> The first mistake I learned is that the Minidisc
> tends to overwrite itself very easily...
> My MZ-R50 did that once so far and I wish I knew if it
> is faulty..
These two experiences are manifestations of a "feature" found in all
Sony minidisc recorders. Sonys remember the position of the
read/write head when you were last using the recorder, and will start
recording at that position when you press the "record" button. This
can easily lead to recording over material you want to keep.
Here's a typical scenario: You are recording, and make five cuts.
You decide to review cut #3. Then you start recording again. The
Sony machine will start recording the new track right where you
stopped reviewing, over-writing track #4 and #5.
There are three solutions:
1. Always press the "End Search" button before pressing "Record."
This will position the new recording after the last cut on the disc.
It is *very* easy to forget this step!
2. Newer Sony models allow you to avoid the need to use the End Search
button. In the menu system, select "Option"--"Rec-Position"--"From
End" This option is present in recorders made in 2001 and later.
Remember to check that this option is set when you start a recording
session. Sometimes the machine will revert to the default settings.
3. Replace the Sony with a Sharp minidisc recorder!
>From Tue Mar 8 18:27:44 2005
Date: Sat, 21 Aug 2004 07:55:14 -0500
From: Rob Danielson <>
Subject: Re: Minidisc Mic Input
Guess I need to retire my Radio Shack mini
mono->stereo adapter. Rather than sum identically
for redundant channels, how about an in-connector
modification for saturating one channel at ~10 dB
less? This way, one could use the hotter channel
to capture softer sounds and ambience with more
saturation and the attenuated channel to capture,
intermittent loud elements? Rob D.
=3D =3D =3D =3D =3D
At 9:38 PM +0000 8/20/04, Rich Peet wrote:
>Knowing that Adam has a lot more experience with a lot better
>equipment than I do I made sure to do my homework before I posted
>For the high end recorders that Adam is use to, or for manufactured
>products for universal use, I agree with his statements. But for
>consumer minidisc use alone, I do not.
>My tests I did today were conducted on a standard Sony Consumer
>minidisc mz-r55 transfered to a computer by analog line out to a good
>a/d converter and analyzed within Adobe Audition. The microphone was
>a Sennheiser ME-62.
>I favor a 1 uf tantalum on the line to cut subsonic noise and think
>that 27uf is too high for consumer minidisc recorders. Recording one
>channel straight in and the second through a 1 uf tantalum capacitor
>showed no drop in gain above 90hz and less than 3 db above 35hz. The
>channel with the capacitor had less compression above 14,000 cycles.=A0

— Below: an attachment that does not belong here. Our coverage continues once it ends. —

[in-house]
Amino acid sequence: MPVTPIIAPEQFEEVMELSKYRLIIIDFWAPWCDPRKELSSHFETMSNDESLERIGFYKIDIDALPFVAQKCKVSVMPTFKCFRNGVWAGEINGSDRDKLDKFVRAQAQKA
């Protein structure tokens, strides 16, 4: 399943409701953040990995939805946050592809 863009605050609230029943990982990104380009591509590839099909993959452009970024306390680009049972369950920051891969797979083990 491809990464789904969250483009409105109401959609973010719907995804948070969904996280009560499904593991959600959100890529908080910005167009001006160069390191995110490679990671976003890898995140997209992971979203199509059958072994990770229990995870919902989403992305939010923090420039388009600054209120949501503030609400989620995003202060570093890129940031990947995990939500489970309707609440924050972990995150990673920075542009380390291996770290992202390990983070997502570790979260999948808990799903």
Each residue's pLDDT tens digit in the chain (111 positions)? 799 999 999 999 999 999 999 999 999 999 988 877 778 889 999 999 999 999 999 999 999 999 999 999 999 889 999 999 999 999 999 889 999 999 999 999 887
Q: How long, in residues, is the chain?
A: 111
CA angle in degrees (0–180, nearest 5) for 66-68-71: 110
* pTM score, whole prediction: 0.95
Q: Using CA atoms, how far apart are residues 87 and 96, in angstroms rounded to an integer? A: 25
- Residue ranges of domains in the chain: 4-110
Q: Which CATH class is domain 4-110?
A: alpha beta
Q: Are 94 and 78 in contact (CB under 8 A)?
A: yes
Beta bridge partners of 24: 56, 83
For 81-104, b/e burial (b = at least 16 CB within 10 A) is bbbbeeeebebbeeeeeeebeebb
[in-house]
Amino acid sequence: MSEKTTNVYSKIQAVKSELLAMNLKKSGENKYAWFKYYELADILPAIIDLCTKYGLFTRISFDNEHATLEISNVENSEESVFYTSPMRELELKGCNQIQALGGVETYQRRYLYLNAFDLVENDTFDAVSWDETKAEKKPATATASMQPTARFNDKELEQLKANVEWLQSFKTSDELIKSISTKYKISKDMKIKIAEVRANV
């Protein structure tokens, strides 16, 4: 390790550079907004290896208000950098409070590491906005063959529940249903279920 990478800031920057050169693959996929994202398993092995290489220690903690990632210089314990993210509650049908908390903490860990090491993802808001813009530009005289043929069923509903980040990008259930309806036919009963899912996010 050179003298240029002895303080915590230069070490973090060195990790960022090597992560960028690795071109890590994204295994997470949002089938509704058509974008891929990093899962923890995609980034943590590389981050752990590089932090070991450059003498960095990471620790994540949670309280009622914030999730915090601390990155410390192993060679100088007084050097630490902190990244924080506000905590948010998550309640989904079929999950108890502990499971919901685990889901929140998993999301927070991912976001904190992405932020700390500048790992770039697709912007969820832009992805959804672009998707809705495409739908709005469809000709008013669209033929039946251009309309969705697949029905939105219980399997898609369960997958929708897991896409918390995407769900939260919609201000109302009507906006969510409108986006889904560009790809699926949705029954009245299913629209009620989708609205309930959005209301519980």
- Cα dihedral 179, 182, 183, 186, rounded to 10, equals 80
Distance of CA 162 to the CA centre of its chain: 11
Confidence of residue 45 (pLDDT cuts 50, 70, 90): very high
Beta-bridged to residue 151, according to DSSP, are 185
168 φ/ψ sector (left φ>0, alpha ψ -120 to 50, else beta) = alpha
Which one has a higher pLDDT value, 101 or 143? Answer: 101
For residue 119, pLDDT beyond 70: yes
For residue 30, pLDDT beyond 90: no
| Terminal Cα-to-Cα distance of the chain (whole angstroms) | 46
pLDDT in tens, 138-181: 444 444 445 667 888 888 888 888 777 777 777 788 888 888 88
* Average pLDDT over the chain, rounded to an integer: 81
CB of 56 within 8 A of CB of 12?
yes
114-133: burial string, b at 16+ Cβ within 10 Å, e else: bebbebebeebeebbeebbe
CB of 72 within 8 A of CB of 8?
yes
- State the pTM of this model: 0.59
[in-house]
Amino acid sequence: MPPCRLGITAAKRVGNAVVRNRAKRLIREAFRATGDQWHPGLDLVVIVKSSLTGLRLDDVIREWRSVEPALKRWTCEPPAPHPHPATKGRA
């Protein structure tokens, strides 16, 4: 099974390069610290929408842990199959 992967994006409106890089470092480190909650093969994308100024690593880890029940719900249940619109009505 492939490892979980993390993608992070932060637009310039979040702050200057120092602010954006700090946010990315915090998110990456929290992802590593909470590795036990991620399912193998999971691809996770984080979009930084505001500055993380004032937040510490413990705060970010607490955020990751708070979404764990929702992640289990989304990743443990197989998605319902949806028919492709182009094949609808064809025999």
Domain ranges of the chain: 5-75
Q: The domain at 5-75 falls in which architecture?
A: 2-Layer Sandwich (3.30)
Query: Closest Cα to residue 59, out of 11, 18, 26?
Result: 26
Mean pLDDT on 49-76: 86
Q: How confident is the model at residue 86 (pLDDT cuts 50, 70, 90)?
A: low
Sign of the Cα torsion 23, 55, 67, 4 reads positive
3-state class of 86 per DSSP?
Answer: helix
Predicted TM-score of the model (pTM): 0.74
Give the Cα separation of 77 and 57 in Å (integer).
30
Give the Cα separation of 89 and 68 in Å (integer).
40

>Consumer minidisc recorders favor low frequency sound no matter how
>low it is and therefore it is better to get rid of some non audible
>Next a 10,000 ohm 1/4 watt metal film resister was placed on one
>channel and the other straight through. The capacitor was removed.
>The drop in gain was 10 db below 10,000 cycles. Above 10,000 cycles,
>which in this test was very quiet, there was less of a drop due to
>less atrac compression.
>No additional noise could be detected anywhere on the channel with
>the 10,000 ohm resister at any frequency.
>So overall Adam is correct, but my prior post is preferred for
>consumer minidisc use.
>--- In "Adam Liberman" <>
>> We use the Panasonic FC 27uF/25v cap in the Minidisc mic cables
>> we sell. It is Digikey P11214 and it fits nicely inside the XLR
>> The FC series replaced the HFS series, and is regarded as a good
>> audio cap - low dissipation factor and long life. The measured roll-
>> off with a 200 ohm source impedance into a Sharp MD-DR7-A MiniDisc
>> recorder is only 0.3dB at 20Hz. You won't find any poly cap that
>> will fit inside the XLR connector and not have excessive roll-off.
>> As far as the resistor, the value would depend on the input
>> impedance of your MiniDisc. But any value will add noise, and some
>> MiniDisc mic pre's are already not as quite as they should be, so I
>> wouldn't use the resistor. Putting the same signal on both channels
>> may be redundant, but redundancy can be a good thing as far as
>> reliability is concerned, and it will also mean that both ears in
>> your headphones will have an equal signal level which is more
>> natural for monitoring.
>> Adam Liberman
>> Liberman Sound
>> --- In "Dave J" <>
>> > That may be a good idea to have an attenuated channel
>> > just in case I ever have a clipping problem. I thought
>> > 100uF was rather huge but that is what they show in the
>> > AKG booklet. Maybe because it is a low-z mic? Probably
>> > of no concern unless I record bullfrogs. I will look in
>> > Digikey for poly caps.
>> > --- "Rich Peet" <> wrote:
>> > > 100 uf would be to big, 2uf in a quality cap would be
>> > > better. I use tantalum but poly would be best. I recall
>> > > the cap as really not needed if you short the channels.
>> > > You may wish to try a metal film resister on one channel
>> > > so that you have high and low gain channel to choose
>> > > from. I would guess that 5,000 to 10,000 ohms would be
>> > > about right but that is a educated guess right now.
> > > >
>> > > Rich
>> > >
>> > > --- "Dave J" <> wrote:
>> > > > Am I correct that for mono microphones I can simply
>> > > > short the L & R minidisc mic channels together? I'm
>> > > > not inclined to do true mono recording so I'll just
>> > > > waste disc space with bogus stereo. I realize there
>> > > > is 2.5VDC on both of them so once I short them I'll
>> > > > use a 100uF coupling capacitor to get the signal in.
>> > > >
>> > > > Thanks,
>> > > >
>> > > > Dave
>"Microphones are not ears,
>Loudspeakers are not birds,
>A listening room is not nature."
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